Over the last couple months I’ve developed a new view of what makes a reward mechanic good. It’s arisen from viewing, in close proximity, and thinking about this excellent Extra Credits video about achievements in video games and an old blog post by Dogs in the Vineyard & Apocalypse World designer Vincent Baker including an interesting discussion in the comments).
I believe that a good reward mechanic acts as a giant landmark or sign post, drawing players through the fun ways to play the game offers while helping them avoid viable but boring (or downright painful) options. If you, as a player, pursue well-designed rewards you will use the other mechanics in ways that are fun. Ideally, the more aggressively you pursue those rewards, the more fun you have, although roleplaying games have complicating factors which keep this a theoretical ideal. Boardgames or video games which violate this principle are missing the point and are much more likely to be outright broken. Often, designers of these games argue that the people that break them aren’t playing the game in the right spirit, but I would argue that the designer doesn’t understand what a game is.
Other factors – rewards that also serve as currency, largely – can be added to reward mechanics, complicating the picture. Good game design is more complicated than getting this aspect of the reward mechanics right, too. Nevertheless, I think any game that falls down on this front fails, or is at least horribly weakened, as a game design, and bells and whistles will not cover it up.
There are clear examples of games where the reward mechanics do not lead the players through the fun parts of the system. An important one is the original cycle of World of Darkness RPGs. In them, players mostly earned experience points for showing up and the annoyingly handwavey “roleplaying” rewards. Unfortunately, the interesting bits of the game are the powers – Disciplines in Vampire, Magick in Mage, and Cantrips in Changeling, for example – and, to a lesser extent, the combat system. The reward mechanics do little to draw players toward those mechanics, with no meaningful reward for playing with either of them, and what the games do reward are elements of player taste, not of gameplay. As a result, WoD players would often brag about not rolling a die all night, since that was what the game rewarded, leaving a bunch of interesting tactical game systems to rot on the vine. Worse, this could turn toxic if the group’s vision of what should be rewarded differed, especially if the GM used his authority to grant rewards to shoehorn his players into his preferred playstyle (and plot) and the players have no connection between the reward mechanics and the rest of the game’s rules to push back with.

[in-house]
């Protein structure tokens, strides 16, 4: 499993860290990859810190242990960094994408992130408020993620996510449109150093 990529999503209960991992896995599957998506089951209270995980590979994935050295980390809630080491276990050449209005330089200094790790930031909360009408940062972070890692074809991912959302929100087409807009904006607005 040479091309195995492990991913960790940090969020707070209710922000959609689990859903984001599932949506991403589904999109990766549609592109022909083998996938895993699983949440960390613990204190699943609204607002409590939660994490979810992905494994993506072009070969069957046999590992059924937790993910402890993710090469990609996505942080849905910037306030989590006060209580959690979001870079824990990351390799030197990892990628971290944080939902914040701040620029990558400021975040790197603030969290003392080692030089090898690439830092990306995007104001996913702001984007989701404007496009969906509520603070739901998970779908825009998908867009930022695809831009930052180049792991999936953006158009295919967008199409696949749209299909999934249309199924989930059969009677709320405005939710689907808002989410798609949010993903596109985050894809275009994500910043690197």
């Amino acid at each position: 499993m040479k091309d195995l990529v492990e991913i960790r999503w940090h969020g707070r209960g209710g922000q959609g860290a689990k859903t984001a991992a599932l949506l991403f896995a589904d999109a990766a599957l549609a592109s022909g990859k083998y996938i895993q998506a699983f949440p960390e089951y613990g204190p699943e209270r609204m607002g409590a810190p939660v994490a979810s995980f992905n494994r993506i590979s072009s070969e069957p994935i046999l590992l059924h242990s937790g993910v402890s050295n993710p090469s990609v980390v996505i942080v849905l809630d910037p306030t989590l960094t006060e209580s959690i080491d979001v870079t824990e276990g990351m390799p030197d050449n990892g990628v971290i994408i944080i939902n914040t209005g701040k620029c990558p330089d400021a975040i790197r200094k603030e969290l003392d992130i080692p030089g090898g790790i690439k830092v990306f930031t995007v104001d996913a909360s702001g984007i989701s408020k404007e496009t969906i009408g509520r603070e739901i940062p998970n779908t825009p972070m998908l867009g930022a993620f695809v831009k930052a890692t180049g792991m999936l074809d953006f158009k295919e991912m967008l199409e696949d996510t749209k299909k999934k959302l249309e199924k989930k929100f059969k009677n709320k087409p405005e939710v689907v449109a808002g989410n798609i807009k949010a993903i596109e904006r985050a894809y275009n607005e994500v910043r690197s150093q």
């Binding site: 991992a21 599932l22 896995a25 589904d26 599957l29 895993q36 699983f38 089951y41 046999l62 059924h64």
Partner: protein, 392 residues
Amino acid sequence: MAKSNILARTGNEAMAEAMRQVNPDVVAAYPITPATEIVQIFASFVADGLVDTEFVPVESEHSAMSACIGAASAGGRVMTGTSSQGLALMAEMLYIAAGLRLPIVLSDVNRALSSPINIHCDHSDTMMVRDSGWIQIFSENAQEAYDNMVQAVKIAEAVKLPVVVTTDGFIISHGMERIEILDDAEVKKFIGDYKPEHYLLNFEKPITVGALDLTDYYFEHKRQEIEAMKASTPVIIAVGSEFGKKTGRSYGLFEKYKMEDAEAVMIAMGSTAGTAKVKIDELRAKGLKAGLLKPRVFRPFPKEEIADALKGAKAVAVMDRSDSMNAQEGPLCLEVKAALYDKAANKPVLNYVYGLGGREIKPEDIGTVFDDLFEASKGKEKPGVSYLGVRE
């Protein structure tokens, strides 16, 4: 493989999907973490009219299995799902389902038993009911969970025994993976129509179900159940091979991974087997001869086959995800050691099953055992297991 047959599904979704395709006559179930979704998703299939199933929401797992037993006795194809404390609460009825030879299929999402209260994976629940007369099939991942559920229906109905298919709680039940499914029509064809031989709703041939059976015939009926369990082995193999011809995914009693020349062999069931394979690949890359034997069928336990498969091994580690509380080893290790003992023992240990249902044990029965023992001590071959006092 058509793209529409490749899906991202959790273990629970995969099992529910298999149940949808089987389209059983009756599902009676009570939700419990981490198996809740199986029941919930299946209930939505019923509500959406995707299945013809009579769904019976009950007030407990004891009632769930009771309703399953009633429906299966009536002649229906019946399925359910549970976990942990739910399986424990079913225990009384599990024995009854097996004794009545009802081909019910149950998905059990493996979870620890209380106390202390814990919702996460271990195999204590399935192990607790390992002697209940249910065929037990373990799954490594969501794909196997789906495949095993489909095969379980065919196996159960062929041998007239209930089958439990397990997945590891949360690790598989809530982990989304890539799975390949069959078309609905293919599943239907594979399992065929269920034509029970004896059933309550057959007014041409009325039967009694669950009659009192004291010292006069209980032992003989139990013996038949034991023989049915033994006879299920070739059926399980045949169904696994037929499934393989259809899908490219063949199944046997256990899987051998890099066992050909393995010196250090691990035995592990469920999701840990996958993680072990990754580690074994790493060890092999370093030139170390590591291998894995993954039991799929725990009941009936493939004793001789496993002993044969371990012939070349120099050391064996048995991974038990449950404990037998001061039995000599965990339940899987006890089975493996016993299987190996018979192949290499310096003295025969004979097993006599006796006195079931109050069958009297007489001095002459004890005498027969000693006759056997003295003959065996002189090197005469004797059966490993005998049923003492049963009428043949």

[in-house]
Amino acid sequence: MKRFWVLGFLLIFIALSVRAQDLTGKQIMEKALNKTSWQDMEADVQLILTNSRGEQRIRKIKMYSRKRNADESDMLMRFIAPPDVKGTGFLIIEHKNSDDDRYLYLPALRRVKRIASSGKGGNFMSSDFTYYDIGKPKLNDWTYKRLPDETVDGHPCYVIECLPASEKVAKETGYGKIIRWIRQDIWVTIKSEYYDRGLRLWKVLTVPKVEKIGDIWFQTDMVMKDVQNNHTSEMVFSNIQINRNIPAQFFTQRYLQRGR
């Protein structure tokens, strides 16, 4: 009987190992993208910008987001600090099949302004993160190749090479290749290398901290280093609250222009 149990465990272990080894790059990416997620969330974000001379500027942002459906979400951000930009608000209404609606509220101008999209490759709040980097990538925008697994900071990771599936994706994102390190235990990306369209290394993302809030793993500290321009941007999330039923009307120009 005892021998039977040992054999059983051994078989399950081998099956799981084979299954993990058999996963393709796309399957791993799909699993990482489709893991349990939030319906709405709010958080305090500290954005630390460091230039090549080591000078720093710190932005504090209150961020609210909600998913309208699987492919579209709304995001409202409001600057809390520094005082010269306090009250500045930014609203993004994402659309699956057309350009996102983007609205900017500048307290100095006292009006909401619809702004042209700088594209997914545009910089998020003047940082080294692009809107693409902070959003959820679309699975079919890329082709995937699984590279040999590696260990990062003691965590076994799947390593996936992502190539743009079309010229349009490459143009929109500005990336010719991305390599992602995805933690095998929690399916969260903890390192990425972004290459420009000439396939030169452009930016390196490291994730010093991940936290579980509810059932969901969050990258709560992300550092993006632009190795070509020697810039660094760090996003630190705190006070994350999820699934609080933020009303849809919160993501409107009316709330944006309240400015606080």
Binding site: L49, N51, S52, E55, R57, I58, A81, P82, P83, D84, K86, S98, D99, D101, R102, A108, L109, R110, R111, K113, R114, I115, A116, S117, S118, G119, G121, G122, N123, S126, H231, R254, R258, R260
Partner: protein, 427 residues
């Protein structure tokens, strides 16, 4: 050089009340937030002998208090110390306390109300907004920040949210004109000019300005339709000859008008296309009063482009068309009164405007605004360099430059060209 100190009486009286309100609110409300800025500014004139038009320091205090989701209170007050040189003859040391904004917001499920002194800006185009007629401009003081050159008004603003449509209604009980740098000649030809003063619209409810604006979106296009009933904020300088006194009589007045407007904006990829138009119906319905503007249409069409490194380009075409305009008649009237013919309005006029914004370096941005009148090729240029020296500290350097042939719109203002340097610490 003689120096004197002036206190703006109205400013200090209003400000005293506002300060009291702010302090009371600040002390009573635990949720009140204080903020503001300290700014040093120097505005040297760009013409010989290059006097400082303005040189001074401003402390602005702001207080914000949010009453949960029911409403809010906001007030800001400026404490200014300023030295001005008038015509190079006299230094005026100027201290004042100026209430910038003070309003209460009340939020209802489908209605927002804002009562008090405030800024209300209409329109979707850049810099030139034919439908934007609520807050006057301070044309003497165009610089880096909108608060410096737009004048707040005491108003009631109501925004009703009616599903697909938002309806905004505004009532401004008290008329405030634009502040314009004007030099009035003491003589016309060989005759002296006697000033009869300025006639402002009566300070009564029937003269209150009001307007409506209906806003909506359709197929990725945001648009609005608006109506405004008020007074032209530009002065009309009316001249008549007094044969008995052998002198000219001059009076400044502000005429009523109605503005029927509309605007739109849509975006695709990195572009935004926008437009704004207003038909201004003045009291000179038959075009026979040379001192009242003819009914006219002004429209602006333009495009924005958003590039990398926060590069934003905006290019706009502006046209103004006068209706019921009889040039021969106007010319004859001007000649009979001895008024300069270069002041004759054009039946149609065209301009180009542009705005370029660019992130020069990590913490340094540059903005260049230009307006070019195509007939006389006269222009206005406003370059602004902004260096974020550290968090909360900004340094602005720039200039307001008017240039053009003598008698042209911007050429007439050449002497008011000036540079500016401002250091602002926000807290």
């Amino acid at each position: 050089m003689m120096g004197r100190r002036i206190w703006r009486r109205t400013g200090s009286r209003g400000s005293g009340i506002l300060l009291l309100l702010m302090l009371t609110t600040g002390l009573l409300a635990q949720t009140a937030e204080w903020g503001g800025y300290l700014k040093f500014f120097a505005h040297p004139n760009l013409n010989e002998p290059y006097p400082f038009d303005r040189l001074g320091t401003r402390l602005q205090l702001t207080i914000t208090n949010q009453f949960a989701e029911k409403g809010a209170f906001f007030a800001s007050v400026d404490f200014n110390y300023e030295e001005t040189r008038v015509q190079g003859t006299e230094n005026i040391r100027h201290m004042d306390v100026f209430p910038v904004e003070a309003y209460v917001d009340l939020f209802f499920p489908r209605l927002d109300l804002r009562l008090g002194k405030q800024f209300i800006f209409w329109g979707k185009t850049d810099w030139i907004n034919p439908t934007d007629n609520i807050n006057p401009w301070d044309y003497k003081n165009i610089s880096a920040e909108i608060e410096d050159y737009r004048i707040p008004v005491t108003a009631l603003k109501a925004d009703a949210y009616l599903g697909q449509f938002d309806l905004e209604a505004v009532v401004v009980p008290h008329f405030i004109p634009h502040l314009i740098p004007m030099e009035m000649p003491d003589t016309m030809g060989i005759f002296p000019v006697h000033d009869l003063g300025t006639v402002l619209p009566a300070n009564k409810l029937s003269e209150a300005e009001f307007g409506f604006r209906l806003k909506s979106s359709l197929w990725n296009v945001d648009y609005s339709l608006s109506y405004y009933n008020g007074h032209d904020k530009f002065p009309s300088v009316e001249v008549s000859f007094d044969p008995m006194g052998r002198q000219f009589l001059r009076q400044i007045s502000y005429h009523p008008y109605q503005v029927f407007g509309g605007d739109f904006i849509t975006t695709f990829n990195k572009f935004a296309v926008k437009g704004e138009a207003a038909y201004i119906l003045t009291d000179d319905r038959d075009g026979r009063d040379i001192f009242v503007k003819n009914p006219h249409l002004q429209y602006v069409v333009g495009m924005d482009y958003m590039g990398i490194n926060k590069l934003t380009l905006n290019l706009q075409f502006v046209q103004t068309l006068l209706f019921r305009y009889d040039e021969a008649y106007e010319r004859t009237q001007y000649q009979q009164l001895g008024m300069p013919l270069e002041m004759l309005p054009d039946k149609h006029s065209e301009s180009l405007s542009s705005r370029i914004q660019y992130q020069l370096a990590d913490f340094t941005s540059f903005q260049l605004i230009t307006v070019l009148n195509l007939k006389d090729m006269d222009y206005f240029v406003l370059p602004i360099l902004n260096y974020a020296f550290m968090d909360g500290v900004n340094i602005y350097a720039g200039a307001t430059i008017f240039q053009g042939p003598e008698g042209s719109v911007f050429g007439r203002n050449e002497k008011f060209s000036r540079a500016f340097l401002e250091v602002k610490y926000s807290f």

Compare this to the reward mechanics in the Burning Wheel family of games. There are similar handwavey roleplaying rewards, but differ from the Storyteller reward mechanics in a couple of key ways: they are secondary reward mechanics compared to playing to (and against) your Beliefs, Instincts, Traits and Goals and BGITs are the mechanical heart of Burning Wheel, driving the fun, and playing strongly to your BGITs will also put you in the running for these secondary rewards. Of course this doesn’t tie into the conflict mechanics, which make those in WoD look like Candyland. They come in as the proving ground for the BGITs, though. The GM presses hard on the character’s spirit – as laid out by the BGITs – and, when the GM pushes hard enough to provoke the player (through his character) the player’s recourse is to engage the conflict mechanics. WoD GMs do not have anything mechanical to push against to provoke the players into conflict, so it’s all guesswork (or out of game discussion), which is fine, but nothing the game designer should take credit for).
Bad reward mechanics may not kill a game’s fun (there’s no arguing the success of the World of Darkness games), but I think it is inevitably the result of GM and player skill. Bad reward design inevitably causes problems – possibly easily overcome by skilled players, but unnecessary and annoying all the same – that take player skill and effort to overcome.